Some creationists have claimed that historical measurements of the speed of light ("C") show a decrease of half a percent across the last 300 years. By drawing a curve (rather than a straight line) through a graph of measured values, they produce a curve which goes to infinite speed at 6,000 years ago.
The hope is to reconcile a young earth with the size of the universe. Astronomers measure distant galaxies as being billions of light-years away. But, if C used to be a million times higher, then light could travel that far in only thousands of years. (An alternative Young Earth argument is that the light was created in transit.)
Strangely, the curve says that the speed of light stopped changing somewhere around 1960, and is now constant. I do not know of a Creationist explanation of why this happened at the exact moment when scientists built extremely accurate measurement equipment.
Barry Setterfield suggested that the speed of light was decreasing. He has written about this a number of times, for example
The Velocity of Light and the Age of the Universe, Part 1, Ex Nihilo vol. 4, no. 1, 1981The idea that light had a finite speed was suggested by Romer (or Roemer) in 1675. He used an astronomical technique to measure its speed, and his measurement was very inaccurate by modern standards. Setterfield has catalogued over 160 subsequent measurements, which got more and more precise with time. Setterfield claims that older measurements gave too-high values of C suspiciously often, and that the measurement errors do not completely account for that.
Setterfield argued that some of the measurements should be included in his graph, and some rejected. In some cases, he used adjusted values, rather than the values published by the original authors. For his curve, he used the highly unusual equation
log C = A + B log sin (90/6000 t )where A is about 5.47, B is about -1.94, and t = years since Creation. He assumed that Creation was 6000 years ago. The 90/6000 is there so that today, at t=6000, we are taking the sine of 90 degrees. In later papers, the equation was changed to use a cosec2.
The Institute for Creation Research (ICR) addressed the issue in their monthly monograph:
Has the Speed of Light Decayed?, Gerald Aardsma, Impact May 1988Aardsma, an ICR member, wished to "caution creationists against a wholesale, uncritical acceptance of the Norman and Setterfield hypothesis." He noted, for instance, that Setterfield had completely ignored the error bars and treated every data point as having equal significance. He noted that a more standard treatment of the same data indicated no measurable change at all in the speed of light.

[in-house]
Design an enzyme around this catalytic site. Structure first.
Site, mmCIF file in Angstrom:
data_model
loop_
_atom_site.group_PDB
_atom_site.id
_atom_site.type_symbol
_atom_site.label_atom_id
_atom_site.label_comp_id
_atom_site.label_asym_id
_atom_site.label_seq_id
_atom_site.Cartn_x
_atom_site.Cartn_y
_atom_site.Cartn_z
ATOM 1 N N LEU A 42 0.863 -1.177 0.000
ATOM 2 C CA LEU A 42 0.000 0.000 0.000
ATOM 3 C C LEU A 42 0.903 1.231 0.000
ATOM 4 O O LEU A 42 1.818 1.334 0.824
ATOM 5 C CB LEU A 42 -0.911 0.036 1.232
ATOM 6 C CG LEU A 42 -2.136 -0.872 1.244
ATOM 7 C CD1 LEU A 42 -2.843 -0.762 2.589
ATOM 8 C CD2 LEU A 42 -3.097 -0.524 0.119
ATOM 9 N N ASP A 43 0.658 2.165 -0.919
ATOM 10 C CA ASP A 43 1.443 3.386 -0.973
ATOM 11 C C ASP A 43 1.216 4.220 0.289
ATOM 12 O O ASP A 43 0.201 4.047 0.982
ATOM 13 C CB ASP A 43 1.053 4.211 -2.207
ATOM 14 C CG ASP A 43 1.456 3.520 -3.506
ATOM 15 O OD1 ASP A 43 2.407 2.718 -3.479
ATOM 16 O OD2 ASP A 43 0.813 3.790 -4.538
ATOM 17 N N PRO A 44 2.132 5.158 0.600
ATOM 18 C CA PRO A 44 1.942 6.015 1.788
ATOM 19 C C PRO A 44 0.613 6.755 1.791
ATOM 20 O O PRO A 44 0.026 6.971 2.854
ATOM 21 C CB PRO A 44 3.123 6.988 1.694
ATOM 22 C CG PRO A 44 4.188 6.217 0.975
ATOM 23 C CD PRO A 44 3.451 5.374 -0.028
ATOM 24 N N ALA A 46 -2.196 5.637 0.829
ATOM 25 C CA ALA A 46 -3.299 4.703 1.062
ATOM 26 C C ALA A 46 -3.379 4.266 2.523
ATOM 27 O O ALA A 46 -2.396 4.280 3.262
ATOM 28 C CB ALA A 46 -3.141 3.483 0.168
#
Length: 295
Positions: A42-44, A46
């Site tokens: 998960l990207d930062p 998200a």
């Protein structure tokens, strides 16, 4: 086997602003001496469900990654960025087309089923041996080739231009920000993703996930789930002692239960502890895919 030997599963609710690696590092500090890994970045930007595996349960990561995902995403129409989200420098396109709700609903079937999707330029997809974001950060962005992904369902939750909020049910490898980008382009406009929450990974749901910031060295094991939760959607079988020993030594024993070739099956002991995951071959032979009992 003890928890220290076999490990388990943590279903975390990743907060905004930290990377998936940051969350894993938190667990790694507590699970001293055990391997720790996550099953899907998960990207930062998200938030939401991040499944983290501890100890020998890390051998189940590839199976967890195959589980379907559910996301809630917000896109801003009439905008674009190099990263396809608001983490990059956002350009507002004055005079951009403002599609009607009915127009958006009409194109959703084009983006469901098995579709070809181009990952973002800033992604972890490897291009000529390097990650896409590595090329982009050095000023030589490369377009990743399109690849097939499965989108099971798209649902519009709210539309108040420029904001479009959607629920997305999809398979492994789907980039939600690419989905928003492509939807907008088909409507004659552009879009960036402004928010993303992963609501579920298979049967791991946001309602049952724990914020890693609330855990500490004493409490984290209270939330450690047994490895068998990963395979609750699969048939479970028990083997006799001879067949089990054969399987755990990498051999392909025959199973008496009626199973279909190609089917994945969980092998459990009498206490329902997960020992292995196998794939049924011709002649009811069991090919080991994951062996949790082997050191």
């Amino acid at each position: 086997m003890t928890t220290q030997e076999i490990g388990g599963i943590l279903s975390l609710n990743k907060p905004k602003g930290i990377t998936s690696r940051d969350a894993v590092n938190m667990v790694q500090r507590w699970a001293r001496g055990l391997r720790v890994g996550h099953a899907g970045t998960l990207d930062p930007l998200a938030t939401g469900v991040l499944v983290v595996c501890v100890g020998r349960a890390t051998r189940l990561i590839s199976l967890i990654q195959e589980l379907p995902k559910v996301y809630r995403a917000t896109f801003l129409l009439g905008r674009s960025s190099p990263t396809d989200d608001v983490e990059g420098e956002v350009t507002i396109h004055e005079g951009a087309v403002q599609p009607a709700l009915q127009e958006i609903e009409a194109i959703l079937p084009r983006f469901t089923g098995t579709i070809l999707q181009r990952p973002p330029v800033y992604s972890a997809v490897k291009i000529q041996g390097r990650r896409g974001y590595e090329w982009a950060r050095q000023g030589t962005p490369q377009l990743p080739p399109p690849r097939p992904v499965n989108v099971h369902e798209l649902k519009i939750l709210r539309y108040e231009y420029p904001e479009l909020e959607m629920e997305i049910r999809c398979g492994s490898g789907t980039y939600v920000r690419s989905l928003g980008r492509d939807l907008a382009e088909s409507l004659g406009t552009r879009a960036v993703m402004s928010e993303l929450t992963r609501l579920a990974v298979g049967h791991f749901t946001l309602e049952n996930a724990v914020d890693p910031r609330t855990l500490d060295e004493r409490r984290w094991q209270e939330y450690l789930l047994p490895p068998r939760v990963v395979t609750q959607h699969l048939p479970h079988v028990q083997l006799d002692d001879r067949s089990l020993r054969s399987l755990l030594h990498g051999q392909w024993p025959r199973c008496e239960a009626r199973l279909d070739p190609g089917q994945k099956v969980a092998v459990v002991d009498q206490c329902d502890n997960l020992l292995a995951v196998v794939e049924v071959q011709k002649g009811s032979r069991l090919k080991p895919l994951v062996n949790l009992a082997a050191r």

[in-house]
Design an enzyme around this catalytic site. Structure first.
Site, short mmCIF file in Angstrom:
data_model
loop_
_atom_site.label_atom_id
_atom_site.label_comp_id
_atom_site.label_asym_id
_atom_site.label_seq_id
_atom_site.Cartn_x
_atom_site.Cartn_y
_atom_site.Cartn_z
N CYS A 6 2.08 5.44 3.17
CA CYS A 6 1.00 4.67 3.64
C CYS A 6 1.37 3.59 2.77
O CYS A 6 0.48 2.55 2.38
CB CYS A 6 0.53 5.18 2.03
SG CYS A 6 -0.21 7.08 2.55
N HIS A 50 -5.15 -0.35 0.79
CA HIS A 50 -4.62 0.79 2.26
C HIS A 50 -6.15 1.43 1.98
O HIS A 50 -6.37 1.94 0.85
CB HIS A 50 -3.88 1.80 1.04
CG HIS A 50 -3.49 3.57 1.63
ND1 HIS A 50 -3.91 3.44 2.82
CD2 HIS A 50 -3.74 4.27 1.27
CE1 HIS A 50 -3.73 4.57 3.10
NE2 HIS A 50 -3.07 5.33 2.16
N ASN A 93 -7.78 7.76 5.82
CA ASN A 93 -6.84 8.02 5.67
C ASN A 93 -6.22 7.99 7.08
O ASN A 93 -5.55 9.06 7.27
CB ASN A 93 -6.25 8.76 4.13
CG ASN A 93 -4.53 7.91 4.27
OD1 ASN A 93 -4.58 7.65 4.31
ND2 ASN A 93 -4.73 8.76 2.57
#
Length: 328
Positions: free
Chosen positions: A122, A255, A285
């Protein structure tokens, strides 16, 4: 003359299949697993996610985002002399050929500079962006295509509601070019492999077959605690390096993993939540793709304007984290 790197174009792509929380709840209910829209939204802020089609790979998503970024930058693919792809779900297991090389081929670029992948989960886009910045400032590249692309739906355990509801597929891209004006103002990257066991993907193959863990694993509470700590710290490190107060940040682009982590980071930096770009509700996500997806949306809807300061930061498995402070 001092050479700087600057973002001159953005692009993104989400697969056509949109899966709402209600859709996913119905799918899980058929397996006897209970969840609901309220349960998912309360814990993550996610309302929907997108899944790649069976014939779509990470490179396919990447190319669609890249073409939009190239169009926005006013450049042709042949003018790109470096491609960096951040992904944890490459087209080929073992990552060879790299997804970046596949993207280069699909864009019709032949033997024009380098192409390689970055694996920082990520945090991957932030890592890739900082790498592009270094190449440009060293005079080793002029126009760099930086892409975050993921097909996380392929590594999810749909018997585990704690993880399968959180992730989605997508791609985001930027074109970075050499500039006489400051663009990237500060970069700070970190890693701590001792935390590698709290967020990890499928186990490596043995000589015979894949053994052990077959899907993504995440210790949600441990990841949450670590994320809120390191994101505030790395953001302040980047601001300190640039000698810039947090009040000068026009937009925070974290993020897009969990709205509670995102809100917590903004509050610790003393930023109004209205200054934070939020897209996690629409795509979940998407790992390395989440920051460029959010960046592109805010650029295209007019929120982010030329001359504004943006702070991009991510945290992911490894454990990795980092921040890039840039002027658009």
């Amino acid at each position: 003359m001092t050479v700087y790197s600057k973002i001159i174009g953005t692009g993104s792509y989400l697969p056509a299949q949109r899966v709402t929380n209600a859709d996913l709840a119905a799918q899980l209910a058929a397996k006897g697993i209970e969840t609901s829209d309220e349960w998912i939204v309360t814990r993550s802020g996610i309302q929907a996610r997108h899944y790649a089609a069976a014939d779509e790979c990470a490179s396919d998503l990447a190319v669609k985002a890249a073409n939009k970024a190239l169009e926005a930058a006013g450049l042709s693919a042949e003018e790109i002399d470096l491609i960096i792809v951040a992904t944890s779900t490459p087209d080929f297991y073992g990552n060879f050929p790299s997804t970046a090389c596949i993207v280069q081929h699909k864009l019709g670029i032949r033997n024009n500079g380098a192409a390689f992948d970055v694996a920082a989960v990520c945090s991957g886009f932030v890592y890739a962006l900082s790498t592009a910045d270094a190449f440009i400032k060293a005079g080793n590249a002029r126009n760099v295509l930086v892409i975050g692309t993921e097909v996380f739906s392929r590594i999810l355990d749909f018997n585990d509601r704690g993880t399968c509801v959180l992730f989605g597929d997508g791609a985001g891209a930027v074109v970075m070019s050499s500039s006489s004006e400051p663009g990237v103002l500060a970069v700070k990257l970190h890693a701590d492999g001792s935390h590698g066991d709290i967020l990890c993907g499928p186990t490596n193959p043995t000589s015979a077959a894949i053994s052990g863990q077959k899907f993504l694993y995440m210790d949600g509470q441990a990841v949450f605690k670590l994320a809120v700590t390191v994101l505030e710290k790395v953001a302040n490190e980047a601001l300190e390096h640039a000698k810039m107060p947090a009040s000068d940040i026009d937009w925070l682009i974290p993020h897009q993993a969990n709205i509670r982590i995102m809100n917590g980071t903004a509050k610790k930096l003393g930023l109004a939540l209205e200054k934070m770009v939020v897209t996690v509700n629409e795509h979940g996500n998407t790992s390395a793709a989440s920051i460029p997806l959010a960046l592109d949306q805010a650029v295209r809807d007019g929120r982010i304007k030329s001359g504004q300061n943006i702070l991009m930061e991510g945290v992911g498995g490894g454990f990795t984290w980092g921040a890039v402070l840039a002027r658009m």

Aardsma also had some issues with the data adjustments. Setterfield used an adjusted figure for Romer's measurement in 1675, which brought it up from being 24% too low to being 1.5% high. But he used an unadjusted figure for Cassini's much higher 1693 measurement.
Hugh Ross, an astronomer and Old-Earth Creationist, said in Facts and Faith (Summer 1989) that the whole issue was an abuse of Christian apologetics. He pointed out that if C was as little as 3% higher, it would wipe out all life on earth, by making the Sun hotter.
The idea has not been abandoned. For example, in Creation Ex Nihilo vol. 12, no. 1, 1998, Creationist Malcolm Bowden argues for the idea. However, his article admits "There are more creationists who have written against [speed of light decay] than for it."
Bowden does make the misstatement that the idea was "promoted by the Stanford Research Institute". Although a report does exist that is on SRI stationery, it was never sanctioned by SRI.
The talk.origins archive agrees with Aardsma and Ross that Setterfield mishandled data. In particular, Setterfield took the adjusted Romer value as 0.5% higher than today's C value. But the article he took the adjustment from, says that the discrepancy is less than 0.5%.
Creationist Walter Brown argues that if C has decreased by a millionfold, then faraway objects are being seen in very, very slow motion. His argument seems reasonable. However, there are astronomical objects which pulsate at more or less known frequencies - specifically, pulsars and Cepheid variable stars. The frequencies of these objects are known to be independent of distance. Cepheids near us in the Milky Way run at the same speed as Cepheids in other galaxies. Therefore, by Brown's argument, C is constant.
The scientific community in general has ignored Setterfield. Adjustments to Romer's value are in the scientific literature precisely because the constancy of physical law is much studied. The historical measurements of C are not the only kind of evidence, nor are they the most "powerful" kind.